It’s normal to occasionally have a small amount of sugar in your urine during pregnancy, but if you have elevated levels at a couple of prenatal visits in a row or a very high level at one visit, it could mean you have gestational diabetes. Your provider may have you take a glucose challenge test (Glucola) to find out if that’s the case. (Even if your urine test results are normal, you’ll have a glucose challenge test between 24 and 28 weeks to check for this relatively common condition.)
Excess protein in your urine can be a sign of a UTI, kidney damage, or certain other disorders. Later in your pregnancy, it can also be a sign of preeclampsia if it’s accompanied by high blood pressure. If you have protein in your urine but your blood pressure is normal, your sample will be sent to the lab for a culture to see whether you have a UTI.
Ketones become present in the urine when the body starts breaking down stored or ingested fat for energy. This can happen when you’re not getting enough carbohydrates (your body’s usual source of energy).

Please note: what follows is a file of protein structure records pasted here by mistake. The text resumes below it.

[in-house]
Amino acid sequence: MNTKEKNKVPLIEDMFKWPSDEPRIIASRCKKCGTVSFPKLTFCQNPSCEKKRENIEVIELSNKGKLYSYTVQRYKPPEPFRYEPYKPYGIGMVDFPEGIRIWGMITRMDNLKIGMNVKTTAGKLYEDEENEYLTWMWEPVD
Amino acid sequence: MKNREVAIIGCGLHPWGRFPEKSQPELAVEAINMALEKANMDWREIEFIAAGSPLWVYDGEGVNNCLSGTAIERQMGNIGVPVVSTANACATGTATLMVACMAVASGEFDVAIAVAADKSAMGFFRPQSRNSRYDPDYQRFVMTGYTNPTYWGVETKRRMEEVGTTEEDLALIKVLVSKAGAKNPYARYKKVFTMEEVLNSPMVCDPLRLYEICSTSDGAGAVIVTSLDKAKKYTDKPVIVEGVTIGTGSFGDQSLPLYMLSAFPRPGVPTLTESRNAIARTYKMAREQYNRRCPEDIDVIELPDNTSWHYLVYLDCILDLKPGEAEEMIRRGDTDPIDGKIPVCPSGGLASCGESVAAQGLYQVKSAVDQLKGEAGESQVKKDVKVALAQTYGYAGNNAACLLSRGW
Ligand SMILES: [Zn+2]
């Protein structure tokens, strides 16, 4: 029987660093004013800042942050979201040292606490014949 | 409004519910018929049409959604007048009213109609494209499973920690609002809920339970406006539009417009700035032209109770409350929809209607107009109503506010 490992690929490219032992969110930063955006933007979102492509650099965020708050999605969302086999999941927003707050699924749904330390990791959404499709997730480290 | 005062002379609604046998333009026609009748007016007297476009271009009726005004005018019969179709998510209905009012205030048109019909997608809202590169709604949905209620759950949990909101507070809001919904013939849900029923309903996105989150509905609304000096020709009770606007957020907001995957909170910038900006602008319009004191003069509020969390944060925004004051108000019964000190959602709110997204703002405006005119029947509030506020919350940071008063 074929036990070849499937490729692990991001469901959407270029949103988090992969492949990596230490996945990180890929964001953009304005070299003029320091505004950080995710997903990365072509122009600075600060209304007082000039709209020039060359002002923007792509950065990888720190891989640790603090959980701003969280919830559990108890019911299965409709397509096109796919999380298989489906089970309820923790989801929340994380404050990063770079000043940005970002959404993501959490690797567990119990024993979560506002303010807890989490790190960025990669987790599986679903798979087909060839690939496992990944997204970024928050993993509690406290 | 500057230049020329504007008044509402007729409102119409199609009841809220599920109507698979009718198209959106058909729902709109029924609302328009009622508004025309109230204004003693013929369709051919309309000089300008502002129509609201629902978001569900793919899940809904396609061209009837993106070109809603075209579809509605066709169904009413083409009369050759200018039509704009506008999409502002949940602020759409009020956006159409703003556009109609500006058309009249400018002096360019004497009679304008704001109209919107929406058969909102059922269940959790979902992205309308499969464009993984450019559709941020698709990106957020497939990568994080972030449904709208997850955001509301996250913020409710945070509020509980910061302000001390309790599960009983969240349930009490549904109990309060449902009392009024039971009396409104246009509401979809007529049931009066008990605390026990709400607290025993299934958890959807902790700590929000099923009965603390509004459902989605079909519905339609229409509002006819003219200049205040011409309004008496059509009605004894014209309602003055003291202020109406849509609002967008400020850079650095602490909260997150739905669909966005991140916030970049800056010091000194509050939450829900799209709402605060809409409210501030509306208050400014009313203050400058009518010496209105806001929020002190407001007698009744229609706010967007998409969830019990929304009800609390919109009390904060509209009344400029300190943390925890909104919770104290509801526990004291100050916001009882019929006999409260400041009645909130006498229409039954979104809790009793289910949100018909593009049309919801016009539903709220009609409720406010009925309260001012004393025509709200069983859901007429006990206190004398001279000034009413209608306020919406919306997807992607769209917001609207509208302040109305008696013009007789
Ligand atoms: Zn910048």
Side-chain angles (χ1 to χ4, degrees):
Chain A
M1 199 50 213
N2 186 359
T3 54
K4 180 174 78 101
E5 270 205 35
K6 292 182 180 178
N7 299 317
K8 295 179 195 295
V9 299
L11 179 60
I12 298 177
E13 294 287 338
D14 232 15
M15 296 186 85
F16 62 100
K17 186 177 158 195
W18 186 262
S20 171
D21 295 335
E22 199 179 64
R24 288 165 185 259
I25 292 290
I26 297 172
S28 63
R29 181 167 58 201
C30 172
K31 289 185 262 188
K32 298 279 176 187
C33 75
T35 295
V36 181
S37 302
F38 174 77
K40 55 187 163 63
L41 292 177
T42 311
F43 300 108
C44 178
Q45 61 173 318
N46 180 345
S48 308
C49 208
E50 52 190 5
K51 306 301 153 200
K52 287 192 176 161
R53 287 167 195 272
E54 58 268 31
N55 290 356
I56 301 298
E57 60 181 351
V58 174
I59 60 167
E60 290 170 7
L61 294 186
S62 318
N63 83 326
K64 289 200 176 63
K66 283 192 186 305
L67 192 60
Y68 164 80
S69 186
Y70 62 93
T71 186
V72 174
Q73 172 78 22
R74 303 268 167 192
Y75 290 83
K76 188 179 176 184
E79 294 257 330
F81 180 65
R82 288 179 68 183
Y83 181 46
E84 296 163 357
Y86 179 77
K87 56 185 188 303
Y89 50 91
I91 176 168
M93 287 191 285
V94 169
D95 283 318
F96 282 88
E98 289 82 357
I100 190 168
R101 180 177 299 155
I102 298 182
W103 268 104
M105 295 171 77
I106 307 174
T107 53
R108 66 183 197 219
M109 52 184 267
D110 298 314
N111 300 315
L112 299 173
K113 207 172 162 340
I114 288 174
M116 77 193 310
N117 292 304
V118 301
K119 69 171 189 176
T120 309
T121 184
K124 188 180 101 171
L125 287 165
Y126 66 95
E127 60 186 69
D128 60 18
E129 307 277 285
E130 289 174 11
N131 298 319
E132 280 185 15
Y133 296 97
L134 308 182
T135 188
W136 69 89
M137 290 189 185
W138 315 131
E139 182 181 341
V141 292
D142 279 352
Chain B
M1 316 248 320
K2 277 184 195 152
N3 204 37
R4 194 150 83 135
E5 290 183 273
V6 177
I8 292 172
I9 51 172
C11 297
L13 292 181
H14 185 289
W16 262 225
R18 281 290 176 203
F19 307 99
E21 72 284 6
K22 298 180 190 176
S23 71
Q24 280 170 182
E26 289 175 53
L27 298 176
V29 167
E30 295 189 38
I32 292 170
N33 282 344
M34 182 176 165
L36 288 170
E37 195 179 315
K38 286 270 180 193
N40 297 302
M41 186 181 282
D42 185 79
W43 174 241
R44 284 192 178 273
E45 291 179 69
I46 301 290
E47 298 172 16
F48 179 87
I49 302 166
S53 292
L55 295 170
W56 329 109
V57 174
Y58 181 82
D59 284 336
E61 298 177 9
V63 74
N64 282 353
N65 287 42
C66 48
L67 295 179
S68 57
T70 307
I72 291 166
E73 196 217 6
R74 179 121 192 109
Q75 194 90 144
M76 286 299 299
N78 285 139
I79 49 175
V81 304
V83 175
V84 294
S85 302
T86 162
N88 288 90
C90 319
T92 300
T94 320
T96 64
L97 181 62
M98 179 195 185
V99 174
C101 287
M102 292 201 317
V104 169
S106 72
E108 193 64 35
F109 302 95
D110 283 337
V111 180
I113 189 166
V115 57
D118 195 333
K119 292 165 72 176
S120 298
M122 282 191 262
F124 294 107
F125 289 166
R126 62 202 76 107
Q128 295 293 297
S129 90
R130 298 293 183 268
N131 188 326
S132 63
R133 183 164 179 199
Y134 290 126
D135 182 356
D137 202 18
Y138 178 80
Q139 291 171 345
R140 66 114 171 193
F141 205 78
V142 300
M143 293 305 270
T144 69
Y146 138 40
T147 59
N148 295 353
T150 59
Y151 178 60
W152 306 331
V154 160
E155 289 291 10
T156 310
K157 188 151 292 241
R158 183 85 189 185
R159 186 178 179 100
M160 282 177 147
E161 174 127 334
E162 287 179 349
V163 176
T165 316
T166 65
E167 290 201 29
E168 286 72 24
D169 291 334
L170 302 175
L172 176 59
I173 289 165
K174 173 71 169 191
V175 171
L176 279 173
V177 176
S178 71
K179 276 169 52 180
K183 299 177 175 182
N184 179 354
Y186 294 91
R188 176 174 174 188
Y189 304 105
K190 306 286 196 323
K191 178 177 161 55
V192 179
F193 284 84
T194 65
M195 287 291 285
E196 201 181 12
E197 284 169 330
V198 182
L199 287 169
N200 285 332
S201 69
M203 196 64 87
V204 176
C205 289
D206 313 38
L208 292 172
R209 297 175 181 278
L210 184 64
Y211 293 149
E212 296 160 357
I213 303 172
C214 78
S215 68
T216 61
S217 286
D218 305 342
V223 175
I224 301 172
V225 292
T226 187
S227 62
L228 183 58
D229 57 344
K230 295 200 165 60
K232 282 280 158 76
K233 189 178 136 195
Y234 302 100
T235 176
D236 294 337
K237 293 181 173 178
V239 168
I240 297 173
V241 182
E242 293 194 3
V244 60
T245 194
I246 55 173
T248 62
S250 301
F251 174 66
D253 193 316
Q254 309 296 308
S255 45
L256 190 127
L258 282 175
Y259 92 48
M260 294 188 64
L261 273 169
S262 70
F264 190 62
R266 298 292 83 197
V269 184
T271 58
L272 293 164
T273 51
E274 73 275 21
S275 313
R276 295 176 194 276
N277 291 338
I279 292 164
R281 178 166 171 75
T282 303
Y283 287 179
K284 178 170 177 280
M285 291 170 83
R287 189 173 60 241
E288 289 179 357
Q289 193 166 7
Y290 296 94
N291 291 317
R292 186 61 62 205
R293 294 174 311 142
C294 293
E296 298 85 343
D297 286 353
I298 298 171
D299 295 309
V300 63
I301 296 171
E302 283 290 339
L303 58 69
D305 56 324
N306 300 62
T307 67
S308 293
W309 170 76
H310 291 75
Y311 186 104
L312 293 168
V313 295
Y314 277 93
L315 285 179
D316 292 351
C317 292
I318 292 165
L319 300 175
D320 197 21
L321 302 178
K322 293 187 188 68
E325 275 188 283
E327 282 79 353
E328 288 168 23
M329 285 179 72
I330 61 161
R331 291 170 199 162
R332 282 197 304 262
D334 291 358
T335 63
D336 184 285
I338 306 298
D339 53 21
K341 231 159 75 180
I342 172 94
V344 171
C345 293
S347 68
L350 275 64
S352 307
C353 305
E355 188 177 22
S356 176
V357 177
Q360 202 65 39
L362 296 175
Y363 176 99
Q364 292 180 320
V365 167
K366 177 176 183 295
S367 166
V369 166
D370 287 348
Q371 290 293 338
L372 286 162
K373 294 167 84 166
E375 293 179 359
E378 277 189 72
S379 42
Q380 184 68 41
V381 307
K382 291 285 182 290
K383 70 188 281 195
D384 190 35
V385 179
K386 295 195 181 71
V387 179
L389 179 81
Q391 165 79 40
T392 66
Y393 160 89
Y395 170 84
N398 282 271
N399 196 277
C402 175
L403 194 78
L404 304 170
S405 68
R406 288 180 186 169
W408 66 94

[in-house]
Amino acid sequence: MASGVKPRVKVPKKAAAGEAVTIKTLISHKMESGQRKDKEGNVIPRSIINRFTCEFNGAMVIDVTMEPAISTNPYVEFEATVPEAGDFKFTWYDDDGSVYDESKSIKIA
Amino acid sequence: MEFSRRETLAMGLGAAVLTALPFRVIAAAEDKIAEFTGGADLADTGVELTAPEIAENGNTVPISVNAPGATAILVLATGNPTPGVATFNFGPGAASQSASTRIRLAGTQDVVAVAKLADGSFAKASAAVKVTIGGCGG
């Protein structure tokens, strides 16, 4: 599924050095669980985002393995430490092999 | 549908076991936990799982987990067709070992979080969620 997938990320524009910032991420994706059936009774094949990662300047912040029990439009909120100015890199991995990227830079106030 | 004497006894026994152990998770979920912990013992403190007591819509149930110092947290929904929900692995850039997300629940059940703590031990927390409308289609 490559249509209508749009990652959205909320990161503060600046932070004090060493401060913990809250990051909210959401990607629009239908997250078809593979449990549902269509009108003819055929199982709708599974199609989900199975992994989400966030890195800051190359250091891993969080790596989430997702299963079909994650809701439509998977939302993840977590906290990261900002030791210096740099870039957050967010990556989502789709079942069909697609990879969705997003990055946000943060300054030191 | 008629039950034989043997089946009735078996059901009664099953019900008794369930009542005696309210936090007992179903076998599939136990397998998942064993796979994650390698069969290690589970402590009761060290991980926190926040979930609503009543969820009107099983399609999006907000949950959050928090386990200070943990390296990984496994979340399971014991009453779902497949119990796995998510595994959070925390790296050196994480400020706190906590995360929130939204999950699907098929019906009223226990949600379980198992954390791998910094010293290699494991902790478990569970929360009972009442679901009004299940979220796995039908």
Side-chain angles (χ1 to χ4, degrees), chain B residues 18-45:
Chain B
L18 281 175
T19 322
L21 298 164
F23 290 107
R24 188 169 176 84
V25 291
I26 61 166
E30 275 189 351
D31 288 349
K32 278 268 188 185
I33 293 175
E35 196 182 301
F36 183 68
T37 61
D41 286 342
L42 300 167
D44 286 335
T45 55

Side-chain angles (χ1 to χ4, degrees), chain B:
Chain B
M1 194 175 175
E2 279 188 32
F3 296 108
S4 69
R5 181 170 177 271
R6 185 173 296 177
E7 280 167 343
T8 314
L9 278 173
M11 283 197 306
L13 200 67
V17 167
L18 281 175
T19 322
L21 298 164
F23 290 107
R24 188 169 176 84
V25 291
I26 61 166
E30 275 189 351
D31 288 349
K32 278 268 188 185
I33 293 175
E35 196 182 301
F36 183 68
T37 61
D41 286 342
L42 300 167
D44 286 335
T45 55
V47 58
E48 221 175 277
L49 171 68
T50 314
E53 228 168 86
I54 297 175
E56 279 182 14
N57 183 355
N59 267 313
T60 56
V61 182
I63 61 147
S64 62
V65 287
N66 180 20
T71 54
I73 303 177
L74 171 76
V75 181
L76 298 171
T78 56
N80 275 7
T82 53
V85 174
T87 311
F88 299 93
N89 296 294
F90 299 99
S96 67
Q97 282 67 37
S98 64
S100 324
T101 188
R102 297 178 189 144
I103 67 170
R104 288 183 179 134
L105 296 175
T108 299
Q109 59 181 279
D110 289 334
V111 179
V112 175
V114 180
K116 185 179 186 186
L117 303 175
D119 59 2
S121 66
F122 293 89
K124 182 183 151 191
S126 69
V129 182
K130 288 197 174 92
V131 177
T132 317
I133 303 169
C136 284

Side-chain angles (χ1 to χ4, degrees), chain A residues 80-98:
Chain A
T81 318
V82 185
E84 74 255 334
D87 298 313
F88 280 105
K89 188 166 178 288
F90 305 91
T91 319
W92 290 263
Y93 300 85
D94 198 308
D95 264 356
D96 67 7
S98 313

If you’re suffering from severe nausea and vomiting or you’ve lost weight, your practitioner may check your urine for ketones. If your ketone reading is high and you can’t keep any food or liquid down, you may need intravenous fluids and medication. If ketones are found in combination with sugar, it could be a sign of diabetes.
Blood cells or bacteria
Blood cells or nitrites (produced by certain bacteria) in your urine can signal a urinary tract infection. If the dipstick test shows that you have nitrites or enzymes that indicate bacteria or blood cells in the urine, a urine sample will be sent to the lab to see whether you have a UTI.
Note: Your provider will routinely check for sugar and protein, but may check for the other indicators only when there is reason to suspect that something’s amiss.
Why it’s important: Urinalysis can identify several relatively common problems occurring during pregnancy and help with early intervention and treatment.